I don't know about UV
rays per say but I can tell you my observations based on kelvin temperature. The 6700K - 14000K are more of a daylight spectrum and don't show the colors off properly. These temperatures are very pleasing to the eye over all and are very bright.
If you keep any deeply colorful corals (zoanthids, palythoas, ricordia, etc..) then you want to add more actinics to balance it out. At 20000K, it gives you a nice look but not as nice as being able to simulate dawn and dusk with multiple bulbs.
fixture will give you higher uv
output compared to other lighting fixtures. This is why the daylight bulbs appears to cause the bleaching out of corals. The intensity is too strong. We also need to have a uv
protected coating/glass to filter out the harmful uv
The deeper the tank is, the more uv
rays will be filtered out of the spectrum (through the water) as it reaches the bottom of the tank. The corals that are higher up and closer to the light will produce nicer colors compared to the bottom of the tank. They will brighten up as a protection from the uv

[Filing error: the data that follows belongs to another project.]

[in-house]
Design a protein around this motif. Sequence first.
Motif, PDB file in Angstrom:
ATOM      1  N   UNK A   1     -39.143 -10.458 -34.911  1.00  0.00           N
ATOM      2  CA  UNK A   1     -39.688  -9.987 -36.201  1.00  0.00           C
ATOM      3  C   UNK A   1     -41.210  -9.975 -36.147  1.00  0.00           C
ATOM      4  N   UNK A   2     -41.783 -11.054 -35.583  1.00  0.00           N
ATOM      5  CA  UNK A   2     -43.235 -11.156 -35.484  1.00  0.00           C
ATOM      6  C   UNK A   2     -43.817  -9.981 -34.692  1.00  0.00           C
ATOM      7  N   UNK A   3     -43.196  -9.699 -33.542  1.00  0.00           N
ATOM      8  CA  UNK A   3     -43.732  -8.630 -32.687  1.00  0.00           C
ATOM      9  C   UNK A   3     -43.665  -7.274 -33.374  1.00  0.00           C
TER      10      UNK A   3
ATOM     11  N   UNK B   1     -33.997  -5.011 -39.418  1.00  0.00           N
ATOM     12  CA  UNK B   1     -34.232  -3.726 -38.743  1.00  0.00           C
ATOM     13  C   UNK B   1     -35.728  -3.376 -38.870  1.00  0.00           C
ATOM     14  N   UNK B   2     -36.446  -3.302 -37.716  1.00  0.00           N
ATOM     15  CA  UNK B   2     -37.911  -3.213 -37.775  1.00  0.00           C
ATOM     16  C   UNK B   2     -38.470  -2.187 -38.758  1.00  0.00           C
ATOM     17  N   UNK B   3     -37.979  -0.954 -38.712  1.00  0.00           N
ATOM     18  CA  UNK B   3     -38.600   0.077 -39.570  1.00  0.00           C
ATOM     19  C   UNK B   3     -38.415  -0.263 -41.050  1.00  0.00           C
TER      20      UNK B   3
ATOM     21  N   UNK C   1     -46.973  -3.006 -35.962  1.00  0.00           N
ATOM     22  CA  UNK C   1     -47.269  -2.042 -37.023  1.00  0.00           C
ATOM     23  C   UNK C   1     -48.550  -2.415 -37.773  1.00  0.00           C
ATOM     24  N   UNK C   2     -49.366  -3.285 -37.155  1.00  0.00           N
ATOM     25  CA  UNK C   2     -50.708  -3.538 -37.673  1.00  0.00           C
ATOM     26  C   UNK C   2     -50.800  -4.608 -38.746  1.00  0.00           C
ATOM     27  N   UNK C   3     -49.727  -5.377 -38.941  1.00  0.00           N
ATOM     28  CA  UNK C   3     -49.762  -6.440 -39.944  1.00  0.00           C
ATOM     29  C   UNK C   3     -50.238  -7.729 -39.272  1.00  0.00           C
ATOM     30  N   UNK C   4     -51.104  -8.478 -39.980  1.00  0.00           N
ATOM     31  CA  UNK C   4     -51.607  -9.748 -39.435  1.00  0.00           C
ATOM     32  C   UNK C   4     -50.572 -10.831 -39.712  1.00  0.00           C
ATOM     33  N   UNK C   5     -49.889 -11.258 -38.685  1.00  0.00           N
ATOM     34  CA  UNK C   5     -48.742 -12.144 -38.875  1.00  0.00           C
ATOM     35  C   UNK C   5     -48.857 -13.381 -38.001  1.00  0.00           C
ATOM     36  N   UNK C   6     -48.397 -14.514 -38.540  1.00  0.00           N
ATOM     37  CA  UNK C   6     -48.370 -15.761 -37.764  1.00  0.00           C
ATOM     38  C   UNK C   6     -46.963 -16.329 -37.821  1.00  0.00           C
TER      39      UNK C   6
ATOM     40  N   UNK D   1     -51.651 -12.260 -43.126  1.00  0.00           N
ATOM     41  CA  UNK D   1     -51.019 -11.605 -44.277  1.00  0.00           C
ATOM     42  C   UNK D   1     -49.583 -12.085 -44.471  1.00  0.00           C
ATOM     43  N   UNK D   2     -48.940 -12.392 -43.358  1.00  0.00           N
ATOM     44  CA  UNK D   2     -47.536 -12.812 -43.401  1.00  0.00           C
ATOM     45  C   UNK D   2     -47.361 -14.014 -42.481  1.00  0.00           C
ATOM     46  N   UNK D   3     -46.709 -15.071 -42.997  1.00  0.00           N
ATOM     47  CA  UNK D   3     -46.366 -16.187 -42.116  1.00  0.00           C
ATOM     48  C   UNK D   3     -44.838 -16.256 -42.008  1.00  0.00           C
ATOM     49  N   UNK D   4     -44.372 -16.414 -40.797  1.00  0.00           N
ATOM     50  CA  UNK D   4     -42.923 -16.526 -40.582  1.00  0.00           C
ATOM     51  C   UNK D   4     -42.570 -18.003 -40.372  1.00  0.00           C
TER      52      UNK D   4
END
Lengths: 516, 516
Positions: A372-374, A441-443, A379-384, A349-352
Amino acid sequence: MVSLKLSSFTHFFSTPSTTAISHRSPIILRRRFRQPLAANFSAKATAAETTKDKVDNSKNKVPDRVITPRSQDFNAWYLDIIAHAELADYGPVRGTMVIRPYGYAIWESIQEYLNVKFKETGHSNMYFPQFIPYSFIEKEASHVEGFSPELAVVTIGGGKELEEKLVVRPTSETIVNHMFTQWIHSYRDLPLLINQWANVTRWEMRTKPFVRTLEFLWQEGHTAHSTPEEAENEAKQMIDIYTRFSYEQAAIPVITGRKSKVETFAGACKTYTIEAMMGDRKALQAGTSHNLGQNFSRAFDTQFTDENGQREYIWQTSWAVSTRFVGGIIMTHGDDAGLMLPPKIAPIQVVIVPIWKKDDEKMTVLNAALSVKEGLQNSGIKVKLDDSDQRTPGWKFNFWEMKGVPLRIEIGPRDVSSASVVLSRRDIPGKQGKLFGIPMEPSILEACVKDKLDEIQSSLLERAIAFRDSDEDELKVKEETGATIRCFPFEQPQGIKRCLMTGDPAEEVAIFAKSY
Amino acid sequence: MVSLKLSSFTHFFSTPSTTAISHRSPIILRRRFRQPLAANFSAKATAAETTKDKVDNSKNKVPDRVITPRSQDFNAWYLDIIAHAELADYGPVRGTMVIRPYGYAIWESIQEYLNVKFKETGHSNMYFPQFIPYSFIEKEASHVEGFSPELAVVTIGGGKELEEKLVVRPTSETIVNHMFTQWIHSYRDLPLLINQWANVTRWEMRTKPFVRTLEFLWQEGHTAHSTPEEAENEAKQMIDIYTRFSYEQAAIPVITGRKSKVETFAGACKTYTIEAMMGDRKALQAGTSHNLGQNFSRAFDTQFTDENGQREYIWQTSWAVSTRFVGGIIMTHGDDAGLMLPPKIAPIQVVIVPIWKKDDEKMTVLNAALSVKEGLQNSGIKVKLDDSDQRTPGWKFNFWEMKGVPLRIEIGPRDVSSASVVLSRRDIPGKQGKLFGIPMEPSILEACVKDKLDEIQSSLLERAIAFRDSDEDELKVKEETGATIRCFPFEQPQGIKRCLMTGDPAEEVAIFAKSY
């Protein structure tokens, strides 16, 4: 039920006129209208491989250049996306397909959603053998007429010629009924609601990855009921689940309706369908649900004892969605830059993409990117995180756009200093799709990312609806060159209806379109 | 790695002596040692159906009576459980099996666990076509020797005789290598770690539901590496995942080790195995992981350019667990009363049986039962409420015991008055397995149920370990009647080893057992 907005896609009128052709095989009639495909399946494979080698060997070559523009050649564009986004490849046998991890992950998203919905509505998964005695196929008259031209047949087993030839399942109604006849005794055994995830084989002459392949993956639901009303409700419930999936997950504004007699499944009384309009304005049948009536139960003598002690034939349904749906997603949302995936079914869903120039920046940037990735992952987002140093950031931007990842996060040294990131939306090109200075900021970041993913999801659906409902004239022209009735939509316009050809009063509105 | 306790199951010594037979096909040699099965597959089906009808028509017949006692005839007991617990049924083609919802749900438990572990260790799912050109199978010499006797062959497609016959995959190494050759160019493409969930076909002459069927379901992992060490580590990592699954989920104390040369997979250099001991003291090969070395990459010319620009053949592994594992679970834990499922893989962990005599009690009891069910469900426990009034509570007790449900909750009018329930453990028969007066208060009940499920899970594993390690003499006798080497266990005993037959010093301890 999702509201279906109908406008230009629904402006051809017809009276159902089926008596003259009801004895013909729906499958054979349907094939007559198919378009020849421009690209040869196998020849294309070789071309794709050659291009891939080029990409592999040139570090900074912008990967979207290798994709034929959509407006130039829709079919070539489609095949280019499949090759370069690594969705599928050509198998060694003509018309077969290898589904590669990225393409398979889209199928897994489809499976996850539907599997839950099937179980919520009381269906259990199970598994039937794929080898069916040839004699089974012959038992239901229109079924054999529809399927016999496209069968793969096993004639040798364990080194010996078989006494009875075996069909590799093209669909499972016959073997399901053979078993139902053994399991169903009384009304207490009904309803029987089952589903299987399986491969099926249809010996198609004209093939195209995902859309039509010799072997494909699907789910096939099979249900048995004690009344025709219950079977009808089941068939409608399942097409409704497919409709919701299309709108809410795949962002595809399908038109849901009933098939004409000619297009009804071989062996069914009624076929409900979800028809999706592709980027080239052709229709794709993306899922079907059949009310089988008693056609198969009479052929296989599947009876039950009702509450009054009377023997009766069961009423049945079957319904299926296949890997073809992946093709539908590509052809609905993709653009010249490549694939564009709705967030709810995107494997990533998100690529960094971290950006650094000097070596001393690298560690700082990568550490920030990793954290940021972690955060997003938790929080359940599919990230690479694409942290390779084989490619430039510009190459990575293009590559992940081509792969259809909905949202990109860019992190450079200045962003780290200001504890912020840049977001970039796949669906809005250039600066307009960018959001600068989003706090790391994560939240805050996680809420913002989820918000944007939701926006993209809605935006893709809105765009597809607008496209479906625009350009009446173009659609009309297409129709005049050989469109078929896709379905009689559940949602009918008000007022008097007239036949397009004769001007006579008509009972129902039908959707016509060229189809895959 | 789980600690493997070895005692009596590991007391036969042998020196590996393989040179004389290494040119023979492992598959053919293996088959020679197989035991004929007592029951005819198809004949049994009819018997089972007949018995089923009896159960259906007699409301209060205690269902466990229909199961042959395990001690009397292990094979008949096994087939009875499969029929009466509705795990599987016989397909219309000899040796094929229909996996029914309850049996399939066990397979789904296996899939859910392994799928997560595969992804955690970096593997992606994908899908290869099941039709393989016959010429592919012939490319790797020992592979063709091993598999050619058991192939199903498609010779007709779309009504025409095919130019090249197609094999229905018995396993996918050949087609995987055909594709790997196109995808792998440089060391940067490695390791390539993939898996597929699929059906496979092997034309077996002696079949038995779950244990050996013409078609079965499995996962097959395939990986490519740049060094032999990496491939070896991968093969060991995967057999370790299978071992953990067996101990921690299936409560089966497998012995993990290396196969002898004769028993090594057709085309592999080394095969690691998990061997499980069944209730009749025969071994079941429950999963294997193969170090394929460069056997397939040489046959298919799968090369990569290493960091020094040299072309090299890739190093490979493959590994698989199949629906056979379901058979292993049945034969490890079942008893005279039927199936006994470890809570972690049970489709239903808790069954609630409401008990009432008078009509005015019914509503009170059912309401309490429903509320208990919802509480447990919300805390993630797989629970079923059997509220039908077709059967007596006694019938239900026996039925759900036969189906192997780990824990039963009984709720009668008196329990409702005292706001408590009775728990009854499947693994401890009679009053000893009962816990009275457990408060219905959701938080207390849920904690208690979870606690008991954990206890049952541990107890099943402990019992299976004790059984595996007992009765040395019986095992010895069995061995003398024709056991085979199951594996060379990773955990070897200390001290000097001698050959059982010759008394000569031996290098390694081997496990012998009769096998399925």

rays striking them. Look at a shallow reef in the ocean compared to the deeper end of things.
Zoanthid corals are known to produce nicer color pigments as a protection against these uv
So going back to kelvin temperature, the higher intensity daylight temperatures (simulate afternoon time) will appear to bleach out the corals. But when you view it under an actinic light (higher in the spectrum with more colors), it is more colorful.
Okay, I am rambling on and don't even think I'm answering your question or am on topic. I thought I take a stab at this but am probably totally off.